Hey Richard, tell us about yourself!
My name is Richard and I am currently the CEO and Co-Founder of KAPSUL Collective LLC. I am a Los Angeles native who loves challenges and can't sit still for more than 5 seconds. In the past 5 years, I've held roles at Yelp, Google, Facebook and launched two start-ups while moving to 3 different states. In my spare time, you can find me golfing or traveling.
Can you tell us what you do as the CEO of KAPSUL Collective?
As CEO at KAPSUL Collective, I may wear 100's of different hats on any given day. From organizing marketing collateral to shipping and packaging to designing jewelry-- the roles are always changing. My favorite part of the job though is working with some of my best friends to bring a new type of service to the market. Most days are spent acquiring new clients and attending meetings with entertainment labels to jump-start new collaborations with artists.
How did you decide to start your own business? What pivotal moments pushed you to where you are now?
I've always wanted to take a step back from corporate to pursue what I liked. I didn't want to be 40 and look back and say, "I wish I had done it in my 20's." Jeff Bezos once said, “I wanted to project myself forward to age 80 and say, ‘OK, I’m looking back on my life. I want to minimize the number of regrets I have." I think I always had that mindset, but it wasn't until I finally made the choice to start that made that into a reality. The most pivotal moment that pushed me to where I am today is the moment I registered an LLC. Strange, I know. But for someone like me, I needed something that said in big bold letters "THIS IS REAL, NO BACKING OUT NOW."
What inspired you to start your craft?
I've been in marketing for the last 10 years of my life. In that decade, I've marketed for 100's of companies-- big and small. From hearing out their business goals and challenges, to creating a strategy that works for them, was what I was paid to do. But as 100's of businesses came and left, I realized I never once tried to practice what I preached-- yes, to go and do it for myself. This was the spark for me to create an e-commerce business and I still operate as the marketer for my business.
Any advice on how to get started for those who want to start their own business?
Be true to yourself. I think this applies for those applying for a company and also for those who are trying to start their own company. Really think about why you want to work for a company and the role you are applying for. Also, really think about what you love and what your passions are before starting a brand. Being true to yourself will get you out of so many obstacles. Our internal motto at KAPSUL is: be good people, and create good products. Our team tries extremely hard every single day to live up to that motto and it's the one thing that keeps us rooted in times of difficulty.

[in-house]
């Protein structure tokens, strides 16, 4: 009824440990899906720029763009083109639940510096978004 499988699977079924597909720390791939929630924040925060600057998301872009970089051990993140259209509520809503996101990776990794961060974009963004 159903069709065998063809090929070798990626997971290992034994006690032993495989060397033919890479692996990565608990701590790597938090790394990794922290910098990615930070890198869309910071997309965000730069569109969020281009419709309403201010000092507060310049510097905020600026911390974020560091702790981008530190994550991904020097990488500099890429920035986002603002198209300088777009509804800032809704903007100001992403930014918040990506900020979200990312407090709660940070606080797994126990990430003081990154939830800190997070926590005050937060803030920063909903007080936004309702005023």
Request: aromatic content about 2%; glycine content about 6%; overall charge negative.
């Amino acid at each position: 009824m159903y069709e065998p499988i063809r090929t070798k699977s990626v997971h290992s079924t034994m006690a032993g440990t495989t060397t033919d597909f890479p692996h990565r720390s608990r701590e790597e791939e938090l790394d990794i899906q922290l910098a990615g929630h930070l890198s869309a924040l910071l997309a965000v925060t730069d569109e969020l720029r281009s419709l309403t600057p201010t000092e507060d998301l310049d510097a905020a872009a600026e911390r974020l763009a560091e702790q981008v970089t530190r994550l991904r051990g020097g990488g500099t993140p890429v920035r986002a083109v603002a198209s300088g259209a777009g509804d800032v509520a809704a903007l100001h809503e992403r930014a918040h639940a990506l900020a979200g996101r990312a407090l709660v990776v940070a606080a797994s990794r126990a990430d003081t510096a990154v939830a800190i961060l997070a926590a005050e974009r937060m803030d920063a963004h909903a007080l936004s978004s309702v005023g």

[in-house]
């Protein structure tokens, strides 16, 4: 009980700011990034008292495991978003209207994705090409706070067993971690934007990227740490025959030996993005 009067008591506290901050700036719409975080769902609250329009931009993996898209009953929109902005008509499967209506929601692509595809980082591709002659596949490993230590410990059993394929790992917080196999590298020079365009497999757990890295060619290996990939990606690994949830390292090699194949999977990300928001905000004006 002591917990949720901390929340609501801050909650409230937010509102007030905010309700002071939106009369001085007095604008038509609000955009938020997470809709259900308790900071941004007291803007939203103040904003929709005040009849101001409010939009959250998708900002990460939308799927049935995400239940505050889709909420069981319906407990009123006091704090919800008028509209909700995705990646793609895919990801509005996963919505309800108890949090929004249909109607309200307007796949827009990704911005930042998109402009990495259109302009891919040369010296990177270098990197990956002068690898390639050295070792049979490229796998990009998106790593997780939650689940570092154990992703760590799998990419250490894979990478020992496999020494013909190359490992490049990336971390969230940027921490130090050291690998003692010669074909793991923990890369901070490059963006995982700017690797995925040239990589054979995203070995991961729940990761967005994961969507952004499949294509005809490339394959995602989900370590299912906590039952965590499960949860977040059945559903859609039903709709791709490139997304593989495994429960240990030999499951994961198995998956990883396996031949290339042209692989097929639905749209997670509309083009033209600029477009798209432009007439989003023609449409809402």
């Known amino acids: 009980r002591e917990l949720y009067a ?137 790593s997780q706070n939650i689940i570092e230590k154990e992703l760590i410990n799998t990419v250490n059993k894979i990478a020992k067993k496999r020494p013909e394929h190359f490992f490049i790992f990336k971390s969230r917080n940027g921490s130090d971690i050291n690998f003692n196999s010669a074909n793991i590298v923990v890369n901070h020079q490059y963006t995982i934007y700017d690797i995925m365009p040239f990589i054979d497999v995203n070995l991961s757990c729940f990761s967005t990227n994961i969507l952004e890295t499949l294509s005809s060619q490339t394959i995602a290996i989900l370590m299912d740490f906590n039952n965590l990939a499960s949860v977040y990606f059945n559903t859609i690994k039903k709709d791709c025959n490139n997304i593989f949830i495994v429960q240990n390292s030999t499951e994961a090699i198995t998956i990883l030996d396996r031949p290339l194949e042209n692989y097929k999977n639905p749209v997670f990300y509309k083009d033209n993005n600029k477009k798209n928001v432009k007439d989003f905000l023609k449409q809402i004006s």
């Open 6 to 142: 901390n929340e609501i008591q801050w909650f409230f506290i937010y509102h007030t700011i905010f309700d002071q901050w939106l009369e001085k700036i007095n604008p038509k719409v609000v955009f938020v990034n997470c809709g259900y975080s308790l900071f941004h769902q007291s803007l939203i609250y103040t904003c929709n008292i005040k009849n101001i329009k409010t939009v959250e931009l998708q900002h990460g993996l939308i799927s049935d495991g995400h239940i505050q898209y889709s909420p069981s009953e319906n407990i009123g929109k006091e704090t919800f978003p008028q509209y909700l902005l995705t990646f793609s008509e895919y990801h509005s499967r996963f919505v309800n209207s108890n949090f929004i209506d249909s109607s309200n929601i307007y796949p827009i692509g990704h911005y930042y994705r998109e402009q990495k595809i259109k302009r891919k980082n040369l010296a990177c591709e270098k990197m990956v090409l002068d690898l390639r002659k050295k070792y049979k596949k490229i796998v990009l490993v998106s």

3 Character traits that would make someone excel in your field
The 3 P's : Passion, perseverance, people-skills.
To be an entrepreneur, from my experience, one needs to be passionate about their product or service. They also have to be passionate for people, whether that be their customer or their team.
Perseverance is important and I say that because a large portion of entrepreneurs who don't succeed are those who gave up along the way. Believe me, there is not one day that goes by when I don't want to give up. But it's really about pushing through hard obstacles and leaning on your team to fight through those challenges together.
People-skills is a must. Whether that be dealing with your team, partners, employees on a daily basis or meeting investors and clients, without people-skills, it is extremely tough to do your job as an entrepreneur.
Most difficult thing about your owning your own business?
Our business, albeit being registered and located in the US, runs primarily in Korea. Running a business in Korea with 99% of our customer base in Korea is always difficult for someone like me who can't speak Korea fluently. The culture of Korea in the business-world is polar opposite of the culture in America and having to navigate through some of those nuances have proved to be difficult.
What would you like to say to your younger self?
Forget about what people think or say, just go do you. I always wish I started earlier. But when I was younger, I was afraid of what my parents or friends thought of me and thus made choices that were a part of the 'norm'.
Best advice you've received/heard?
At Yelp, there was a saying that we learned as trainees that I still live by till this day. FSO, or Figure S*** Out, is something that I continue to think about and use on a daily basis. There is no way we'll ever know all the answers or all the "right ways" to do things. But it's important to figure it out for yourself. Learn from mistakes, but keep moving forward. One other advice I live by as an entrepreneur is a motto we learned at Facebook as employee's-- Move Fast. As a start-up, we have to move fast every single day in our decisions, strategy and product.
Any last thoughts, advice, or recommendations for someone who wants to learn your be their own CEO?
Fake it till you make it? We've all heard of this, but I firmly still believe this saying is applicable in entrepreneurship. I run a jewelry company, but have never learned about jewelry, created jewelry, or designed any type of fashion-related merchandise-- ever. I think if I was told that I have to be an expert in a certain field to start something in a certain field, I would have never started. I was passionate enough about jewelry and accessories to start and now a full year later, we at KAPSUL have designed over 20 different pieces of jewelry, with over 10,000 customers.